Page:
Silence and Honeycakes
The Wisdom of the Desert by Rowan Williams
How could the desert mothers and fathers have anything to say to modern life? Williams convinces us that their wisdom is pertinent. In our society we are either too conformist or too individualistic. How can we become more authentic? How escape the imprisonment of the ego or false self? Silence tells the truth. Today we pride ourselves on listening to our hearts. But is the heart really honest?
“The truth is rarely pure and never simple. The desert means a stepping back from the great system of collusive fantasy in which I try to decide who I am, sometimes to persuade you to tell me who I am, (in accord of course with my preferences), sometimes to use God as a reinforcement for my picture of myself” (p. 49). Williams goes on to quote Henri de Lubac, that it is not sincerity which frees us; it is truth. This truth permeates desert spirituality. Only God can tell me who I am. If I can trust him enough to be honest before him I will begin by manifesting my thoughts to an elder, not for an answer, but as a way of saying I desire the truth.
They went out to the desert, he claims, to find out what the Church should look like. Today when we feel dissatisfied with the institution, perhaps it’s time to ask again, what the Church should look like. The desert provides a laboratory for testing virtue. Although solitude is the predominant mode for the monks, they live together closely enough to test out their attitudes toward one another. Very quickly they need to learn not to judge anyone but themselves, to control their rash thoughts and words, to deal with anger in a healthy way, and most of all to forgive over and over. What these hermits learned so long ago still forms the basis of our own spiritual lives, which is the foundation for who we are in the Church. Richard Rohr would like to close down all the Church organizations for a time, except one—the school of prayer. And it is this school that flourishes in the desert.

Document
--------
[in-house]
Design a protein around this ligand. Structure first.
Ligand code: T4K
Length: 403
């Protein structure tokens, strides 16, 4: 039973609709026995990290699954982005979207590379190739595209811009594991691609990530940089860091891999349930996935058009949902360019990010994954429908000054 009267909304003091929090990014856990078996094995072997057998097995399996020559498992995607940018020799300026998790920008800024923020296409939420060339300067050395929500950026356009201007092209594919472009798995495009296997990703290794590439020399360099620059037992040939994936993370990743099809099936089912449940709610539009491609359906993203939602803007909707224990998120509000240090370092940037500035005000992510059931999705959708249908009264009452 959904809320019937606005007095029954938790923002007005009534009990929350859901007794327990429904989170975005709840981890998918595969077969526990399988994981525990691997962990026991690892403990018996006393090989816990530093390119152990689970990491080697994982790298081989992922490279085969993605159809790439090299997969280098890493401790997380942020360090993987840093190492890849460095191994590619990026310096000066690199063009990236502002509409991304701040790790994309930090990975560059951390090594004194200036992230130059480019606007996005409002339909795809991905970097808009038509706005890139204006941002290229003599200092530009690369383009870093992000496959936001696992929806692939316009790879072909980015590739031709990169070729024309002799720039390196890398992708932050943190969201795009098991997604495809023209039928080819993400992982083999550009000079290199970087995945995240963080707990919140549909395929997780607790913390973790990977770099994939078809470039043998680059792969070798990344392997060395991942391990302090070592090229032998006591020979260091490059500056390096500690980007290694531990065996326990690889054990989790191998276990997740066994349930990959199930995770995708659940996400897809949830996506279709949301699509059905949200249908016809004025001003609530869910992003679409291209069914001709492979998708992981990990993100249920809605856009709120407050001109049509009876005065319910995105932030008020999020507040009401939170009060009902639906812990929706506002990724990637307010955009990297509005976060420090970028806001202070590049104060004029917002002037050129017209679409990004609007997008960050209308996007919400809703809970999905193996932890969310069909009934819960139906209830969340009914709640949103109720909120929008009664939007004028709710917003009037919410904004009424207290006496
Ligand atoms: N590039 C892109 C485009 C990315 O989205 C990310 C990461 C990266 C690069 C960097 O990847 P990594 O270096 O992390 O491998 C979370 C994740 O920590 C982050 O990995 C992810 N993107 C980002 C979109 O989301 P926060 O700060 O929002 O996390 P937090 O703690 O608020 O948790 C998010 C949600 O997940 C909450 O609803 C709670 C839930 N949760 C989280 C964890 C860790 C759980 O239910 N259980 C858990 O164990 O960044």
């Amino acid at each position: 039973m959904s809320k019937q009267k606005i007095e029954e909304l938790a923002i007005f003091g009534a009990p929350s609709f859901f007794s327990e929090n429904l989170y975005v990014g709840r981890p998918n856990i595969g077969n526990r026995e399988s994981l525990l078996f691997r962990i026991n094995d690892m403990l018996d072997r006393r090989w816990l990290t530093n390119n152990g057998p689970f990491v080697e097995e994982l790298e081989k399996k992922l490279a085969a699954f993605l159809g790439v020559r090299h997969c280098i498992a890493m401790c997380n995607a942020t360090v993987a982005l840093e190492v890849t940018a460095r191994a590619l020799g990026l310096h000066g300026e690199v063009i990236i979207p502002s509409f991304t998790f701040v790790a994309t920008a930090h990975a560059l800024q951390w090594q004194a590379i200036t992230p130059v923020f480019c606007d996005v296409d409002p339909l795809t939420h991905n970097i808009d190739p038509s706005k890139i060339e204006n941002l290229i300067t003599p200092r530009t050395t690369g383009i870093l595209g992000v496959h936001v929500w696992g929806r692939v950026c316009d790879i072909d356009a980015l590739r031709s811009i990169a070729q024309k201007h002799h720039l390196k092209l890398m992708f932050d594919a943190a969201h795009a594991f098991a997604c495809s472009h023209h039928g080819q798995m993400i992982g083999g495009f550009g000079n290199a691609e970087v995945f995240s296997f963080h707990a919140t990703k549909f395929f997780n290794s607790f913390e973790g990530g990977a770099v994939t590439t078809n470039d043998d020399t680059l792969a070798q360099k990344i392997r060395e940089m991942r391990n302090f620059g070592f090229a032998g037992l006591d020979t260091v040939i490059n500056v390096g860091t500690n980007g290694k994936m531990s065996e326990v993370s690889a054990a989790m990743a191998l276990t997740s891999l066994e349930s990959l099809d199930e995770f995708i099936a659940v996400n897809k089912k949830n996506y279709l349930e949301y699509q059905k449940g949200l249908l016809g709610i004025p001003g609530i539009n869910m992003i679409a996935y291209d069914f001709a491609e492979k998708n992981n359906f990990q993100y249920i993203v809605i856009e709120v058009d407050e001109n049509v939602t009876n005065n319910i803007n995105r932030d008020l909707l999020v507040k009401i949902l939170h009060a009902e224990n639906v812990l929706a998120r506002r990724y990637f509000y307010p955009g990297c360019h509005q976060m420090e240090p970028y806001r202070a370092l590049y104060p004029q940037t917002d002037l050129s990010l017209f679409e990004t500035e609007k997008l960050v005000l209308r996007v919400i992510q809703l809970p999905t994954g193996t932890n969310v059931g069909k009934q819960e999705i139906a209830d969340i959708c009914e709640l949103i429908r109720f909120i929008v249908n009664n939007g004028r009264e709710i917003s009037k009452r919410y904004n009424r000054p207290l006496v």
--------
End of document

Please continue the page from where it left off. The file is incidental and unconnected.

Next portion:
In 2001 Williams gave the talks at the World Community of Christian Meditation Seminar in Sydney, Australia speaking on themes from the desert fathers and mothers. This book enlarges on those talks. Rowan Williams brilliantly synthesizes themes such as staying and fleeing. He distinguishes between renunciation and rejection of the world where renunciation is a deliberate limiting of choices. He demonstrates how the monks had a healthy readiness to live with a variety of perspectives, endlessly intriguing and stretching. We convert one another, they believed, by our truthful awareness of our own frailty, by identifying with the weakness of others, not cutting them off.
Of silence we hear “Silence is letting what there is be what it is”. We need “expectant quiet before the dawn, when we don’t want to say anything too quickly for fear of spoiling what’s uncovered for us as the light comes”.
In this classic primer Williams reflects on such questions as:
How can we discover the truth about ourselves?
How do we live in relationship with others?
What does the desert say about our priorities?
How can we create a fearless community?
Reviewed by Sr Patricia McGowan